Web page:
Geotagging Text for Advanced GIS

September 11, 2019 | Geotagging, Homeland Security, Intelligence Analysis, Risk Management

Traditional GIS relies on coordinates that are often contained in structured data or document metadata. Until recently, GIS technology hasn’t been able to exploit the great amount of locational information such as place names lacking explicit geo-coordinates that are found in unstructured data (which is anything from memos to email to text). In particular, the only way to incorporate unstructured data into GIS has been intensive manual curation and normalization of the unstructured data to make it usable by current tools.

Geotagging is a text analytics technology that removes this roadblock:  it assigns absolute physical locations to place names.  It does make use of a list of place names and their geo-coordinates, known as a gazetteer, but it goes beyond simple look-up to solve one of the key challenges of place names, their ambiguity: one place name can refer to multiple locations, e.g., there’s a “Springfield” in many states. Using advanced natural language processing (NLP) and geospatial calculations, Geotagging can resolve the ambiguity by evaluating the overall context supplied by the surrounding unstructured data.  If there’s mention of “Worcester” or “Boston,” then it’s likely to be the “Springfield” in Massachusetts, not Illinois.

Geotagging also handles more than place names.  It can calculate the absolute location from a relative location expressed in the phrase “50 miles northeast of Bagram.” Geotagging of relative locations is very useful in particular for military and law enforcement applications, which deal frequently with unnamed locations.

Beyond Place Entities: Geotagging Events and other Types of Entities

Perhaps Geotagging is most effective when it is combined with the ability to extract relationships and events.

Relationship Extraction extracts key associations between entities in unstructured text. Consider a piece of unstructured data like  “Hobson Corporation has its headquarters in Brussels.” Relationship Extraction will extract both “Hobson Corporation” and “Brussels.” It knows that the former is a company and the latter a location. Relationship Extraction can also make use, as described above, of its Geotagging capability to figure out what is the absolute physical location of “Brussels” and provide its geo-coordinates.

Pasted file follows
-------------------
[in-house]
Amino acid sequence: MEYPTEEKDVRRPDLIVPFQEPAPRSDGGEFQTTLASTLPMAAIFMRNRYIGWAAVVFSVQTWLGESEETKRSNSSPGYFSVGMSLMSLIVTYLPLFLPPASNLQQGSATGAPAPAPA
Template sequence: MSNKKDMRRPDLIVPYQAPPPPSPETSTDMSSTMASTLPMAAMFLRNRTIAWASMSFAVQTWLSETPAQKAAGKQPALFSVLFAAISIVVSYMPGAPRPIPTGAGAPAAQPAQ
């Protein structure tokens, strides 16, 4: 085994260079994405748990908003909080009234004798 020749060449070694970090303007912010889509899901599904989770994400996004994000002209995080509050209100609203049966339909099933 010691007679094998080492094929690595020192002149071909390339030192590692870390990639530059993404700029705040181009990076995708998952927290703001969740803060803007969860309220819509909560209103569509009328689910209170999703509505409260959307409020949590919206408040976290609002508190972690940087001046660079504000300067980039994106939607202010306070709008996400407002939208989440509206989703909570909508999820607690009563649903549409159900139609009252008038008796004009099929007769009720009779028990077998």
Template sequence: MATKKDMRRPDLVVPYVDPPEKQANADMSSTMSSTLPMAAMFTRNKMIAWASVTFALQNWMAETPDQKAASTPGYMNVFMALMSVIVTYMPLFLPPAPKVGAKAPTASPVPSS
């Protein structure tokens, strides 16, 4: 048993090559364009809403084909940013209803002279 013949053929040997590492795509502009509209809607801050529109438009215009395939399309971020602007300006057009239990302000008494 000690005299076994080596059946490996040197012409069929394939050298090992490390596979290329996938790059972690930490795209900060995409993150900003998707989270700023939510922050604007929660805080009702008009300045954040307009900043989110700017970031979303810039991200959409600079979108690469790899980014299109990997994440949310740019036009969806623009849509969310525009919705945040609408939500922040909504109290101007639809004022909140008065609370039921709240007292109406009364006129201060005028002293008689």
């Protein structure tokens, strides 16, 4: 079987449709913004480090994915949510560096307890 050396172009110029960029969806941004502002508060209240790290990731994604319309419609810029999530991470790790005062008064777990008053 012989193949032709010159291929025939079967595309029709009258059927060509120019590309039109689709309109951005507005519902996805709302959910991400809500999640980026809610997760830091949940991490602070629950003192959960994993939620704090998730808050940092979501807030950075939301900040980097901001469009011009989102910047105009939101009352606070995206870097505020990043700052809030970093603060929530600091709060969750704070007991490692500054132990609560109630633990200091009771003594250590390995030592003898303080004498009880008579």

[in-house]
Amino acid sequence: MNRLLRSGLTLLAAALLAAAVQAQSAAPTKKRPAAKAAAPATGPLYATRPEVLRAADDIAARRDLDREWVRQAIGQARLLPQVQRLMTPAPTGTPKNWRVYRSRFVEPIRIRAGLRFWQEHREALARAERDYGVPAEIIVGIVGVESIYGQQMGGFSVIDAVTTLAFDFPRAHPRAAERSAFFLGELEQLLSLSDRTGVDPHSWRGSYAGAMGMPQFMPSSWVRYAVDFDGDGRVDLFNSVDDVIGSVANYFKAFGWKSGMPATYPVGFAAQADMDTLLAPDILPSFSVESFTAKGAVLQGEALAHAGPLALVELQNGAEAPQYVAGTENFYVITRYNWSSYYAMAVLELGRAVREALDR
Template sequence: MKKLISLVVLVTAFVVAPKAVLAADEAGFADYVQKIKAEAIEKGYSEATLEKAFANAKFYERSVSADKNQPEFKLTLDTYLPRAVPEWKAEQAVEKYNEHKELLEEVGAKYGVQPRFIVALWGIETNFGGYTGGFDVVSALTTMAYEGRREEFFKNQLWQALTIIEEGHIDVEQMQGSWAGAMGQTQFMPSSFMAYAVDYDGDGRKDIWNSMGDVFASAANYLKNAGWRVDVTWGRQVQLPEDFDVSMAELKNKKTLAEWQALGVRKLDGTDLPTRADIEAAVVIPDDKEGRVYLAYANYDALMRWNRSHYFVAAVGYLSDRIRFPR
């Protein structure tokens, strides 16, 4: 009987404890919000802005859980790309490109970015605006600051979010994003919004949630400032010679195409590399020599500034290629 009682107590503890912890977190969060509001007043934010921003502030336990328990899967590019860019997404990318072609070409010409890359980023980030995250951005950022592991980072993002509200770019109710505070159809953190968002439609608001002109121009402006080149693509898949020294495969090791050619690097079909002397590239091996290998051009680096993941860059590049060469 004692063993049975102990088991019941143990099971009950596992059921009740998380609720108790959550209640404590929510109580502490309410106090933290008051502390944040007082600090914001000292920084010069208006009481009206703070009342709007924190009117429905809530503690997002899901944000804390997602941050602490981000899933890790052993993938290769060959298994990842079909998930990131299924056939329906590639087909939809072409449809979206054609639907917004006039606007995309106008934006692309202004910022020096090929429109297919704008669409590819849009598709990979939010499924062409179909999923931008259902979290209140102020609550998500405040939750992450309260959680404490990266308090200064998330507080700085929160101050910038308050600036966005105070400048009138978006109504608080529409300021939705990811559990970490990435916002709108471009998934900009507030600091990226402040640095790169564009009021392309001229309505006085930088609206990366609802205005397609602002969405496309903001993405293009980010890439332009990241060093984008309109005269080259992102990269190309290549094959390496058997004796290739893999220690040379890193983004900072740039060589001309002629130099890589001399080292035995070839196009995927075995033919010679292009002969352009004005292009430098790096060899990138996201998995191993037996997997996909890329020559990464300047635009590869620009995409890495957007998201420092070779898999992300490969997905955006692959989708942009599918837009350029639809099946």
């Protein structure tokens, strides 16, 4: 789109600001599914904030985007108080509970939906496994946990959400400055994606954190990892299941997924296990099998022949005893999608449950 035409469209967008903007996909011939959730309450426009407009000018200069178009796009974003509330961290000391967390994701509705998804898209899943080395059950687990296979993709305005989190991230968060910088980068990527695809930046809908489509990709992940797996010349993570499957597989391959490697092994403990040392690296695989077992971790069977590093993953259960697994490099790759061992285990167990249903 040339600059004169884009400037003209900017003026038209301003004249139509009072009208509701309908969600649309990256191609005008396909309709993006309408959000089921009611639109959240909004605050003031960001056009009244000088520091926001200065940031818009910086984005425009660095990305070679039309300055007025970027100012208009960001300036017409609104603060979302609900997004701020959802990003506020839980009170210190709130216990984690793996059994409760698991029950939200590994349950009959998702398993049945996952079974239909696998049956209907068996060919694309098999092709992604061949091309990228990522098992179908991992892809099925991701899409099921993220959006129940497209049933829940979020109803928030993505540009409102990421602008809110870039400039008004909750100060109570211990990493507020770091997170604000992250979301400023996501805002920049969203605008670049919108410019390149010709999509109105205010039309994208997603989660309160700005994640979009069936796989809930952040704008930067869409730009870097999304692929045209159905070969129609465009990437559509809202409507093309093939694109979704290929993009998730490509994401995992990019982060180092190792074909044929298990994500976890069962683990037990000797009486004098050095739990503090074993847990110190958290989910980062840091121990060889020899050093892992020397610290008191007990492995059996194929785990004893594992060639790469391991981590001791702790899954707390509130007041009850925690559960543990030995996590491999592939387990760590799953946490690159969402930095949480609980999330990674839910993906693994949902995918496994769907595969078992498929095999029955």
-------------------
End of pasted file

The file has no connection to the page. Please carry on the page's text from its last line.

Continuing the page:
Relationship Extraction also recognizes that there is a “Located_In” relationship between “Hobson Corporation” and “Brussels.” This information is then structured, which makes it easily convertible into a standard format that a GIS tool can accept and render in visual terms. Based on this input from NetOwl, the tool can, for example, select an appropriate icon for a headquarters, place it on a map, and then display the names of the relevant entities, the corporation and the location, by clicking on the icon. All of this is the result of Relationship Extraction.

Geotagging can also be combined with Event Extraction to locate events on a map.  For a sentence like “John Rochambeau visited New York City,” Event Extraction will extract the entities “John Rochambeau” and “New York City,” and also identify that “John Rochambeau” is the person visiting and that “New York City” is the location visited. This capability enables events from unstructured text to be handled by a GIS tool in a way similar to the way relationships are handled.

As an added feature, Event Extraction can also identify the time of an event, again if the information is present in the unstructured data. This enable events to be aggregated and plotted on a timeline. For instance, disease outbreak events can be tracked over time visually.

Other event types can be combined with locational information and can be used to place event-indicators on the map such as:

  • Locations where a meeting happened
  • Locations where a bomb exploded

Geotagging means that geospatial applications can provide geospatial intelligence from unstructured data and display a far richer geospatial view that goes well beyond a “set of points” on a map.